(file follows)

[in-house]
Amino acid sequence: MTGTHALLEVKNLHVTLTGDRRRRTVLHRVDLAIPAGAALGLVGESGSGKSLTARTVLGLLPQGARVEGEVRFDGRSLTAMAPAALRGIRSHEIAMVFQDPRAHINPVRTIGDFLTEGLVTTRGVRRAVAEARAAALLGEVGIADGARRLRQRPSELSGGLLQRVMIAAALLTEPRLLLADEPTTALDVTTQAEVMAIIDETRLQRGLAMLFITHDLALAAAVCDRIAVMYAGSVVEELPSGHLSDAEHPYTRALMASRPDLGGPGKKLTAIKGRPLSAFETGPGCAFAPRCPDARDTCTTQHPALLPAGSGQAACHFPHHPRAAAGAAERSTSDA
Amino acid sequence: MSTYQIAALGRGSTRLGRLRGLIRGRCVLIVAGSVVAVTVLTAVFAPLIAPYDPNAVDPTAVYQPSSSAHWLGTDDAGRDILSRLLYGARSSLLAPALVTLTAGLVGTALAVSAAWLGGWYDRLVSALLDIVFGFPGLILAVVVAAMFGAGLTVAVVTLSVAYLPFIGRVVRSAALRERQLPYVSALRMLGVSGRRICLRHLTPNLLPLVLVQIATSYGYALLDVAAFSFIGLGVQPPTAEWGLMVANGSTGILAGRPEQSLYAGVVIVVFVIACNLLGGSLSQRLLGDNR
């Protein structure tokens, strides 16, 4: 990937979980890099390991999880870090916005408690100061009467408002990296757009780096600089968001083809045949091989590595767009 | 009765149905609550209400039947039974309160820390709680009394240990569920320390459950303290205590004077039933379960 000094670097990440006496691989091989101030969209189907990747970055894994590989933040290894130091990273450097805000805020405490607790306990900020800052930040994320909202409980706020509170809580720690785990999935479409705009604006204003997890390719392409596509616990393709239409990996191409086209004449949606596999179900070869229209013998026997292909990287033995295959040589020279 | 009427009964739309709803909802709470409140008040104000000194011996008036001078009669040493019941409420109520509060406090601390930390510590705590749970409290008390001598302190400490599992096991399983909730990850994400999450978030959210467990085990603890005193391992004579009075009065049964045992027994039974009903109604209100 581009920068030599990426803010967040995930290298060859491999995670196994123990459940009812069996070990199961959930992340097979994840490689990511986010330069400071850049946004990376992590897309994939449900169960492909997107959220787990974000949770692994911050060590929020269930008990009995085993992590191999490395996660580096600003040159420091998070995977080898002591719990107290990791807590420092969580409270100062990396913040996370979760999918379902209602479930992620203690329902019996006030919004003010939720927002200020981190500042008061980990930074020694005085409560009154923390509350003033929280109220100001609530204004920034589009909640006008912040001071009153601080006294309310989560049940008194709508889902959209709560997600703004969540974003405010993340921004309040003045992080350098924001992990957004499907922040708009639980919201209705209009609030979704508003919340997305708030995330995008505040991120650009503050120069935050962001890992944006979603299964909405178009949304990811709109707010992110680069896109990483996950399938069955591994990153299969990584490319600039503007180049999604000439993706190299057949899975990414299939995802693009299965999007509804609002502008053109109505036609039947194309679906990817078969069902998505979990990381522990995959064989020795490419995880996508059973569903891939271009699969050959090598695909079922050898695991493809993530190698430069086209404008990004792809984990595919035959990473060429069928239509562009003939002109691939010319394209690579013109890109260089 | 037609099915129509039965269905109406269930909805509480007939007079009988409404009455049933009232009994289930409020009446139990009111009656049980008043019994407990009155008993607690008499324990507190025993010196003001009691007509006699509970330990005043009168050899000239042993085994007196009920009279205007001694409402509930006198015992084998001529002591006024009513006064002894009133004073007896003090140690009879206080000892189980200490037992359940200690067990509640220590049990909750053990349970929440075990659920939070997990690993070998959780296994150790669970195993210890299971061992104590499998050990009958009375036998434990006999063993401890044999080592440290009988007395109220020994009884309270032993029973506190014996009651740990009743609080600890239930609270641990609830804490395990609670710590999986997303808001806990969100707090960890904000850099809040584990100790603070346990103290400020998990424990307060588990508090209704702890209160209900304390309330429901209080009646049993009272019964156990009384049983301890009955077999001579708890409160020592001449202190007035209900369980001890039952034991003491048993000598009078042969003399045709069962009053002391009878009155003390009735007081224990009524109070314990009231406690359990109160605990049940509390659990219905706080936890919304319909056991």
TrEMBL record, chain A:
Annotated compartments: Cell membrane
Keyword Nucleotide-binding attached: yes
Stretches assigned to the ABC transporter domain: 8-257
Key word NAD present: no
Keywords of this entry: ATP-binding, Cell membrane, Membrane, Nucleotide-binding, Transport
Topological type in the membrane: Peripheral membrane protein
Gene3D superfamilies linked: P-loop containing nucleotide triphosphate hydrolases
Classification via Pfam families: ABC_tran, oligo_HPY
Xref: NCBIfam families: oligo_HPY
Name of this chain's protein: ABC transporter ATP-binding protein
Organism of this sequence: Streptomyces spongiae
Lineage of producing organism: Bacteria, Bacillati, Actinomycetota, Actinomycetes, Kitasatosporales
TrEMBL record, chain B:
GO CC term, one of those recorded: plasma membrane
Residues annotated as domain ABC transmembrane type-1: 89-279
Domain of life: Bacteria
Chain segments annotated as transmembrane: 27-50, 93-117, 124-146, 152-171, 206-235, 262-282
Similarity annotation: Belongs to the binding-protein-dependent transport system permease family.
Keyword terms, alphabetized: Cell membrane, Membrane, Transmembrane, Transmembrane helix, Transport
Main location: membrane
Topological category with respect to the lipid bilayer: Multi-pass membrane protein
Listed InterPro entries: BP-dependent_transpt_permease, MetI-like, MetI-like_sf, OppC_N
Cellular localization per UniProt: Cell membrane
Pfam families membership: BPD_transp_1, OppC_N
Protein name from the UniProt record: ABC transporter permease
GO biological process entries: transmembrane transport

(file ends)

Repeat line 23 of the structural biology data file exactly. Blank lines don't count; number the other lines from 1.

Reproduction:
Similarity annotation: Belongs to the binding-protein-dependent transport system permease family.